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Molise, an ancient and authentic land, offers a “made in Italy” sea and golden beaches interrupted here and there by small cliffs, lapped by unpolluted crystalline water. This is not a slogan, it is the generous reaction of a land which wants to prove how genuine its offer is. The region inland offers visitors a procession of unusual, incrediblelandscape, village clinging to steep slopes, hills gentle at times and rugged at others, all the way to the initial buttresses of the Abruzzo National Park.


Every corner of Molise contains history and axtremely ancient craft working traditions; in the village streets you will still find embroiderers making lace; today Agnone is still the foundry of the most beatiful bells in the world and then there is the pottery and the pipes… Attractions abound, historical medieval and Roman finds, castels, churches, basilicas and the latest discovery of pre-historic man at Isernia. You just need a little time to discover Molise: beatiful, wild, unpredictable but welcoming. Here we find a patrimony of nature of princeless worth, disguised by the simplicity of the places and the people, which must be protected. In Molise there are no large urban developments or dangerous industrial sites, the greatest sources of pollution. The coast on the other hand is free from inlets and is touched by breezes which create sea and air currents, guaranteeing continuous water exchange. The sandy bottoms then constitute a valid natural purification system. The results of water test samples expressed as percentages further underline just how the local water is practically uncontaminated.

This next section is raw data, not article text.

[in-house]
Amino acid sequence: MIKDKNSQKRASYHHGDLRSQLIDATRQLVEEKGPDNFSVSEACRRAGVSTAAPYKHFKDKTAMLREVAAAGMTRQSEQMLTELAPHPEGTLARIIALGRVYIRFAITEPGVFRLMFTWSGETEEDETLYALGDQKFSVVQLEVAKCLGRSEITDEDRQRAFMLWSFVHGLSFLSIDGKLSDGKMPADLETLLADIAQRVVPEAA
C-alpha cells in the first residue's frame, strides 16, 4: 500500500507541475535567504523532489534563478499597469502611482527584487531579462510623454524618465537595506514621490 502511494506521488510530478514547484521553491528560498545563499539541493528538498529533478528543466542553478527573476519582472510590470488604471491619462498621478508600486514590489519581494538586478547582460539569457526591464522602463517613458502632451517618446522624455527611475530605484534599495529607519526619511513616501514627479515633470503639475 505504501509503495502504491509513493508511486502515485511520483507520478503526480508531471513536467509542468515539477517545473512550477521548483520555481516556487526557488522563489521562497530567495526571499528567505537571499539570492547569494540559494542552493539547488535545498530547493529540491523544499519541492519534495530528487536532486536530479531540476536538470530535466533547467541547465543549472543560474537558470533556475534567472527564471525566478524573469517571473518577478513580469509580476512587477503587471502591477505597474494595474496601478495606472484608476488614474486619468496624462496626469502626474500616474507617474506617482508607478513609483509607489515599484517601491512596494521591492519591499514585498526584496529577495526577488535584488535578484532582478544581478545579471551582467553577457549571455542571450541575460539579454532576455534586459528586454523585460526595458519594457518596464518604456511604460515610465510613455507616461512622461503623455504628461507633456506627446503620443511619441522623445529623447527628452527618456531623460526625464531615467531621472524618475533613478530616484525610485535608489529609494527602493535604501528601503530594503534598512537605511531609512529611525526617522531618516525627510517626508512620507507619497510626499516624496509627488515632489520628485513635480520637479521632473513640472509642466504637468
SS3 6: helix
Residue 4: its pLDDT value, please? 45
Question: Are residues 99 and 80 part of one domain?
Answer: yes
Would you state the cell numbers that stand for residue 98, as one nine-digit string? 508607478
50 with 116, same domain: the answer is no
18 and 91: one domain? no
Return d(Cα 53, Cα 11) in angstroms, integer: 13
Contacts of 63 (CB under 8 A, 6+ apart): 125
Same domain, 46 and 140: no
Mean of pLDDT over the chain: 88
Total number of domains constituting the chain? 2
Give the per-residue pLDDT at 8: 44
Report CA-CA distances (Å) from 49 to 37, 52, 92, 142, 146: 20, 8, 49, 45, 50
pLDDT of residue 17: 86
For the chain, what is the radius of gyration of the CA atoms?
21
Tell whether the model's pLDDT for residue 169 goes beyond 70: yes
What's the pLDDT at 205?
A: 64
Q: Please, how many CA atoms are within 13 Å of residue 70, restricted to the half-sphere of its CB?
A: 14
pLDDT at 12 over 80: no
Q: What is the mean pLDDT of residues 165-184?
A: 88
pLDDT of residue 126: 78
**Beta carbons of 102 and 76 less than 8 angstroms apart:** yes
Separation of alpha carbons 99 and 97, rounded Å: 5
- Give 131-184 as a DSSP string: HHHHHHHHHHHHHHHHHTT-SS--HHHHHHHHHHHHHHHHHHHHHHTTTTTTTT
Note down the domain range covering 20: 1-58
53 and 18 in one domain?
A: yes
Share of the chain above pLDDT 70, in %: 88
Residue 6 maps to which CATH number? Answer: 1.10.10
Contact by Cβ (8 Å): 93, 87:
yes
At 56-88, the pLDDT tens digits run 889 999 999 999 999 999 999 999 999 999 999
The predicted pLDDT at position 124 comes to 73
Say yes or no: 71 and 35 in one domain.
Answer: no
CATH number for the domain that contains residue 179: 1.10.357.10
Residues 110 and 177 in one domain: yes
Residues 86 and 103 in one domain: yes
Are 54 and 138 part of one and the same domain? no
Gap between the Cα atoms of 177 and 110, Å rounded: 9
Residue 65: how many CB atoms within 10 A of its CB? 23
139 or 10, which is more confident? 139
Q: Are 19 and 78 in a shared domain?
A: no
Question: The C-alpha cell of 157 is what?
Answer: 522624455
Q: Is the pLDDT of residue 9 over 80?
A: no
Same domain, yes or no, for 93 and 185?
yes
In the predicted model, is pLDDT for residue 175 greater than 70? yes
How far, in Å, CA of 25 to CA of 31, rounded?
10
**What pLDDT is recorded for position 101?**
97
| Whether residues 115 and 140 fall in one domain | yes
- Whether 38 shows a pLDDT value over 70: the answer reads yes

The particular geographic location and the efficient communications nework make Maronda an ideal starting point for the Tremiti Islands, the Abruzzo National Park, Rome, Naples, Montecassino, San Giovanni Rotondo (Padre Pio). Pottery and embroidery at Isernia, archaeology at Sepino e Pietrabbondante, bells at Agnone, pipes at Scapoli; trips on the Gargano, to the grottoes of Castellana, to the “Trulli” at Alberobello and to the high Umbrian Forest.